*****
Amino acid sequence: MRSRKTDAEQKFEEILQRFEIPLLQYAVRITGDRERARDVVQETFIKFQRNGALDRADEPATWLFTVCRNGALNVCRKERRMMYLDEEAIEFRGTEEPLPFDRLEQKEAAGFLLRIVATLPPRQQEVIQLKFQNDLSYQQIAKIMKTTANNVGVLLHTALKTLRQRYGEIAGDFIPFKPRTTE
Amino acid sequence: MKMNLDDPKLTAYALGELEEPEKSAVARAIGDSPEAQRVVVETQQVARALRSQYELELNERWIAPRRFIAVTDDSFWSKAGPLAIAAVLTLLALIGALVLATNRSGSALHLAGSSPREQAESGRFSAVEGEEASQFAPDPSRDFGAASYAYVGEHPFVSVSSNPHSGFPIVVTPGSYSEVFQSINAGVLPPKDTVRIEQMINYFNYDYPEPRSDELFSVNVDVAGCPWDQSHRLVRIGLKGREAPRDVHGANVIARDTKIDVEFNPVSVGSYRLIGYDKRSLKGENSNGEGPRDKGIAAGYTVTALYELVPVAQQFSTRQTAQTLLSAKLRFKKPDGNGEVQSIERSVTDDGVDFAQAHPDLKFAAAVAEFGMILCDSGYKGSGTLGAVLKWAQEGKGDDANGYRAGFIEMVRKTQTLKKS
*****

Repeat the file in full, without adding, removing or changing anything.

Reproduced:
Amino acid sequence: MRSRKTDAEQKFEEILQRFEIPLLQYAVRITGDRERARDVVQETFIKFQRNGALDRADEPATWLFTVCRNGALNVCRKERRMMYLDEEAIEFRGTEEPLPFDRLEQKEAAGFLLRIVATLPPRQQEVIQLKFQNDLSYQQIAKIMKTTANNVGVLLHTALKTLRQRYGEIAGDFIPFKPRTTE
Amino acid sequence: MKMNLDDPKLTAYALGELEEPEKSAVARAIGDSPEAQRVVVETQQVARALRSQYELELNERWIAPRRFIAVTDDSFWSKAGPLAIAAVLTLLALIGALVLATNRSGSALHLAGSSPREQAESGRFSAVEGEEASQFAPDPSRDFGAASYAYVGEHPFVSVSSNPHSGFPIVVTPGSYSEVFQSINAGVLPPKDTVRIEQMINYFNYDYPEPRSDELFSVNVDVAGCPWDQSHRLVRIGLKGREAPRDVHGANVIARDTKIDVEFNPVSVGSYRLIGYDKRSLKGENSNGEGPRDKGIAAGYTVTALYELVPVAQQFSTRQTAQTLLSAKLRFKKPDGNGEVQSIERSVTDDGVDFAQAHPDLKFAAAVAEFGMILCDSGYKGSGTLGAVLKWAQEGKGDDANGYRAGFIEMVRKTQTLKKS